June 16, 2019

Morning Coffee: F-35 Program Cost Projection Slashed

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The Government Accountability Office cut $11.5 billion from the F-35’s acquisition costs “due solely to efficiencies found within the program as no decrease in quantities was reported,” reports Breaking Defense. The GAO’s annual “Assessment of Selected Weapons Report” stated, “Production efforts have improved as the production line continues to show efficiencies and quality metrics show positive trends.” Lockheed’s F-35 program still faces potential software and design changes, according to the report, which also said projected operations and maintenance costs of more than $1 trillion over the next decades may fall.

The Washington Post reports, Pentagon cybersecurity staff will triple from 1,800 by the end of 2014 to 6,000 by 2016. The DoD is recruiting outside professionals to apply and encouraging military personnel to train to  fight cyber threats to national security, according to DefSec Chuck Hagel.

House Republicans seek to push defense spending $483 billion above sequester levels over 10 years, reports The Hill. The funding increase would be offset by cuts to non-defense discretionary spending. The additional funding may allow the DoD to maintain an 11 carrier fleet and halt cuts to Army troop levels. The Pentagon  is delaying until 2016 major decisions such as retiring the USS George Washington early, in case Congress reverses sequester spending caps.

Blackberry received a boost March 27 when it was granted Full Operational Capacity for its BlackBerry 10 to run on Defense Department networks, according to C4ISR & Networks. BlackBerry is the first mobile provider to receive FOC, which can enable government BlackBerry 10 users  to securely access email, data, apps and other DoD network resources.

DefSec Chuck Hagel announced creation of a single Pentagon-level office to find the remains of fallen US service members from foreign battlefields, reports the Military Times. The directive will eliminate the existing command, reportedly plagued by mismanagement, waste and incompetence. The new office centralizes efforts to find 83,000 Americans still missing from WWII and in Korea and Vietnam. “You take care of the people who gave their lives to this country and you take care of their families, and that has been a critical component of who we are as Americans,” Mr. Hagel said.

The Navy’s newest research ship, the R/V Neil Armstrong, named for the first man to walk on the moon, was christened March 29 by family members, according to America’s Navy. The vessel will begin service in January 2015 to conduct studies in the Atlantic, western Pacific and Indian oceans. Chief of Naval Research RADM Matthew Klunder said, “I can’t think of a better name to go on the side of a ship designed for exploration and discovery.”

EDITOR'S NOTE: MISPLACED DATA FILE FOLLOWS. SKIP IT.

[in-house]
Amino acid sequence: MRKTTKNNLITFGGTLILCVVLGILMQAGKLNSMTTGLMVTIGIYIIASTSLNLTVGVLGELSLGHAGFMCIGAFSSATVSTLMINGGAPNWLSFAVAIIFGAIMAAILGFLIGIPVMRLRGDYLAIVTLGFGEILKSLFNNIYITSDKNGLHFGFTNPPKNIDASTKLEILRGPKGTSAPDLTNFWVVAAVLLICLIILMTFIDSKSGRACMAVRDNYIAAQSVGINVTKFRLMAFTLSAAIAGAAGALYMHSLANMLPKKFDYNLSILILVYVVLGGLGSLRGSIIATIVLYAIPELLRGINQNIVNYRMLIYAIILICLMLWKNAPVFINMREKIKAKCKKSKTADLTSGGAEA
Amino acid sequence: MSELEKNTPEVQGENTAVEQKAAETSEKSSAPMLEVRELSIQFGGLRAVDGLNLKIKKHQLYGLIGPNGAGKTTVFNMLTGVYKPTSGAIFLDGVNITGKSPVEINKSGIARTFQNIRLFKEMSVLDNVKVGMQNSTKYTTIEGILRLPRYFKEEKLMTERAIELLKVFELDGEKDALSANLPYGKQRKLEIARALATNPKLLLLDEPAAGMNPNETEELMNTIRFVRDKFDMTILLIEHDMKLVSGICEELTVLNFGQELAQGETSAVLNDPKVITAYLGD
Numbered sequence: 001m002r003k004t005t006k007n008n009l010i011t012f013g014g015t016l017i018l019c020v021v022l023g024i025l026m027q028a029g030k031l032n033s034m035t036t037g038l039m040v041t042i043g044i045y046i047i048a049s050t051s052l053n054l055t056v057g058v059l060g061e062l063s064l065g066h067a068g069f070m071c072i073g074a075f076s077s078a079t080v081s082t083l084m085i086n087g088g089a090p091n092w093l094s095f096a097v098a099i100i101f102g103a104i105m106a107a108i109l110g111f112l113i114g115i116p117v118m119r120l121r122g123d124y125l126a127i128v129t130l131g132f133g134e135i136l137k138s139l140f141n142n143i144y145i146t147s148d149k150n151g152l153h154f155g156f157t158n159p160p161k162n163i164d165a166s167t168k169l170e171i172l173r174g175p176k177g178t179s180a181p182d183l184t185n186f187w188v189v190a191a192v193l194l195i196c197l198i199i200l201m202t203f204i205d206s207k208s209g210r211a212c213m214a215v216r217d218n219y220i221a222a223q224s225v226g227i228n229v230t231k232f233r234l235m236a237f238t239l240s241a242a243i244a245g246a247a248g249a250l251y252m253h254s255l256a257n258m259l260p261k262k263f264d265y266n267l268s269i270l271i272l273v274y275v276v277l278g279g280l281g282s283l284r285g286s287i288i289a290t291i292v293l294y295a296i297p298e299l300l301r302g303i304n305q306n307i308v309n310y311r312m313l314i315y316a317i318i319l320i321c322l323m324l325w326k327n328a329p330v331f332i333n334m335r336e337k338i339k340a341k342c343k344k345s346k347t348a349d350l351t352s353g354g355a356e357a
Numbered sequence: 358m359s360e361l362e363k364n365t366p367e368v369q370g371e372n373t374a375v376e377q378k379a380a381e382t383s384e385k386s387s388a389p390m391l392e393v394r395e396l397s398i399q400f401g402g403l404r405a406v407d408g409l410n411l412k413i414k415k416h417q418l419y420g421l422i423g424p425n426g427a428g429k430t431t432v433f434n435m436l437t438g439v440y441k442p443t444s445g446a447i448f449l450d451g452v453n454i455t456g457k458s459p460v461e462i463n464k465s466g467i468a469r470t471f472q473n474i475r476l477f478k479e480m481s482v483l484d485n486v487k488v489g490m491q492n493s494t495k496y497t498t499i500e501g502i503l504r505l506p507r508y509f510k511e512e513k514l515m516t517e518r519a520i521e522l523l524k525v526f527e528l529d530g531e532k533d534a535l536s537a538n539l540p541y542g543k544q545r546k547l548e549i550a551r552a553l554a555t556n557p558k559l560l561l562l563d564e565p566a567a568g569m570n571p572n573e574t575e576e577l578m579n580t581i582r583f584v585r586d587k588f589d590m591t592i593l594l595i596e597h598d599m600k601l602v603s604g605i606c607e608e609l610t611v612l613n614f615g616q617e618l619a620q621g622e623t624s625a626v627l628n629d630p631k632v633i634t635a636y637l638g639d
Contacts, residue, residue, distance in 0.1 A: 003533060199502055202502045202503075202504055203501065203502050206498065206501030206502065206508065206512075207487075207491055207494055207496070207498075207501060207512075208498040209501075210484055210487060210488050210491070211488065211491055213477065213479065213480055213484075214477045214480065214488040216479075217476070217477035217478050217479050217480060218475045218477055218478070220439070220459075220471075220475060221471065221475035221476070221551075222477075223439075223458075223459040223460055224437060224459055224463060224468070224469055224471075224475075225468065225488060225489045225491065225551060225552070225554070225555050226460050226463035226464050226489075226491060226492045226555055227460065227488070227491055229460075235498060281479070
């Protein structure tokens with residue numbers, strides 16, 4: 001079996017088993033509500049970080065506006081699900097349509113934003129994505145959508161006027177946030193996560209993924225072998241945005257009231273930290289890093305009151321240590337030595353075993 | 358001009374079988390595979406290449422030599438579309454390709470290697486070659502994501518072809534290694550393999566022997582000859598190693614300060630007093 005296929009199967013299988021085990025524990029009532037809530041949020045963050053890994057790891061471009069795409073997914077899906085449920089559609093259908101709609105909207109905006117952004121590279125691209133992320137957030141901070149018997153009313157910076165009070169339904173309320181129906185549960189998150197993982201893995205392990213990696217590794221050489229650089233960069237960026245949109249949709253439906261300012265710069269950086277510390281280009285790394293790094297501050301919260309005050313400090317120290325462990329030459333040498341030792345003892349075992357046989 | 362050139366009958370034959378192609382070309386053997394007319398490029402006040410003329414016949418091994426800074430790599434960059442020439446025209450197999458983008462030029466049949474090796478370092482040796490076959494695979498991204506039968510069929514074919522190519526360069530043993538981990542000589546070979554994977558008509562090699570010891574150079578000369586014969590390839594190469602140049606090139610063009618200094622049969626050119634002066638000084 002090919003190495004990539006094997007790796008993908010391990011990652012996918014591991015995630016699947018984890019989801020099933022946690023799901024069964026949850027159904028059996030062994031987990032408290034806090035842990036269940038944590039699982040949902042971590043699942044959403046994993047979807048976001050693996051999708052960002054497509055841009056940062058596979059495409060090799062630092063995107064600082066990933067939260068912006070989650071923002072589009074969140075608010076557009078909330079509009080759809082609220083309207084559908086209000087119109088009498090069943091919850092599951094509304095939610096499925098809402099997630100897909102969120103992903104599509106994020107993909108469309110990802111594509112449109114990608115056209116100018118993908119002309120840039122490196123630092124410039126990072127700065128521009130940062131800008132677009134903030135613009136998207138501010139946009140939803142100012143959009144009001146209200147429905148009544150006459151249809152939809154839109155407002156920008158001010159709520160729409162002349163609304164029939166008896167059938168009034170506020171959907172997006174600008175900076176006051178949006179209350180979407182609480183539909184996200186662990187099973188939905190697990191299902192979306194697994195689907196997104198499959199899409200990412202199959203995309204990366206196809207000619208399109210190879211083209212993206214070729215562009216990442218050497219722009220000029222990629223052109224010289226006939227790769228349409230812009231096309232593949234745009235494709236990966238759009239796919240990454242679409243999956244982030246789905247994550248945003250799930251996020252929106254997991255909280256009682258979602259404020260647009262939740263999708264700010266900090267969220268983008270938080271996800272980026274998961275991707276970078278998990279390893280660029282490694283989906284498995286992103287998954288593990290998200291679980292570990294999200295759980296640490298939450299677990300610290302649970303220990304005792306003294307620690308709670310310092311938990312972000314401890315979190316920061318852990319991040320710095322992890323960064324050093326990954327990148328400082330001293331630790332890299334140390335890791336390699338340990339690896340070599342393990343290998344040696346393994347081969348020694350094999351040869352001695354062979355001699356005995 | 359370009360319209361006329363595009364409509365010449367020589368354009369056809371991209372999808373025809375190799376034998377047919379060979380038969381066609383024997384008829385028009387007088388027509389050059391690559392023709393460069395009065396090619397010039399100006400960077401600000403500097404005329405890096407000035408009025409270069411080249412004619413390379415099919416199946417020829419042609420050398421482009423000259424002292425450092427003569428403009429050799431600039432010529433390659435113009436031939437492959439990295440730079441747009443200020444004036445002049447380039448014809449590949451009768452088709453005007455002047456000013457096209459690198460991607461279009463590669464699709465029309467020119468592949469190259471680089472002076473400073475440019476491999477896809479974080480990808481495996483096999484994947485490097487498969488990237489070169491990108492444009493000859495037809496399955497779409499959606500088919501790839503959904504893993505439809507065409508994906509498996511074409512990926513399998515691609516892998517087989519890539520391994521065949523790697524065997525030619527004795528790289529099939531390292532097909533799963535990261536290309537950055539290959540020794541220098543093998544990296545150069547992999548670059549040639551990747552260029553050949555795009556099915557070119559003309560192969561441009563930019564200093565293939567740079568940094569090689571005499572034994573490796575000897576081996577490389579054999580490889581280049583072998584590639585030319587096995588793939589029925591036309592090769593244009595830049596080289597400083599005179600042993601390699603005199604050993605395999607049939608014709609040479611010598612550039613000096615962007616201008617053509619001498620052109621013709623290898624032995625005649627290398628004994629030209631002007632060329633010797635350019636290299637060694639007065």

The House Committee on Veteran Affairs and the media are calling for transparency from the Dept. of Veteran Affairs  after it denied a request to release the names of hospitals where veterans died because of delays in medical screenings, reports the Washington Times. CNN reported earlier this year that 19 veterans died as a result of delayed gastrointestinal cancer screenings, while another 63 were seriously injured but internal VA documents did not specify the names of the hospitals involved. Sen. Bill Nelson (D-Fla.) released a letter March 28 stating, “Veterans across this country have a right to know about their local VA facility’s record of care. They cannot be adequately served if they do not fully understand their benefits and in some cases, are not fully informed about the care they need.”

Congress splits on partisan lines about the Navy’s proposed tobacco sales ban on ships and bases, according to the Washington Post. The ban is part of a push to safeguard the health of sailors and Marines but Rep. Duncan Hunter (R-Calif.) believes it is a distraction and the service should focus on “the threats of the future.” Four Senate Democrats took a different position and wrote a letter to NavSec Ray Mabus stating, “The high rate of tobacco use by active-duty personnel is not only harmful to their health, but also costs the federal government significantly in the long term.”

Progeny Systems Corp., Manassas, Va., is being awarded a $9,589,064 cost-plus-fixed-fee contract for engineering and technical services in support of the Navy’s AN/UYQ-100 Undersea Warfare Decision Support System. This contract includes options which, if exercised, would bring the cumulative value of this contract to $55,567,452. Work will be performed in Manassas, Va. (67 percent); Patuxent River, Md. (12 percent); Gig Harbor, Wash. (7 percent); Middletown, R.I. (6 percent); Norfolk, Va. (4 percent); and Pearl Harbor, Hawaii (4 percent), and is expected to be completed by March 2015. Fiscal 2013 and 2014 research, development, test and evaluation; fiscal 2014 other procurement, Navy and fiscal 2014 operations and maintenance, Navy funding in the amount of $6,877,411 will be obligated at time of award. Contract funds in the amount of $183,000 will expire at the end of the current fiscal year. This contract was not competitively procured in accordance with the Federal Acquisition Regulation 6.302-5. This contract is being awarded as a Phase III Small Business Innovative Research effort, under the Small Business Innovative Development Act of 1982. The Naval Sea Systems Command, Washington, D.C., is the contracting activity (N00024-14-C-5209).

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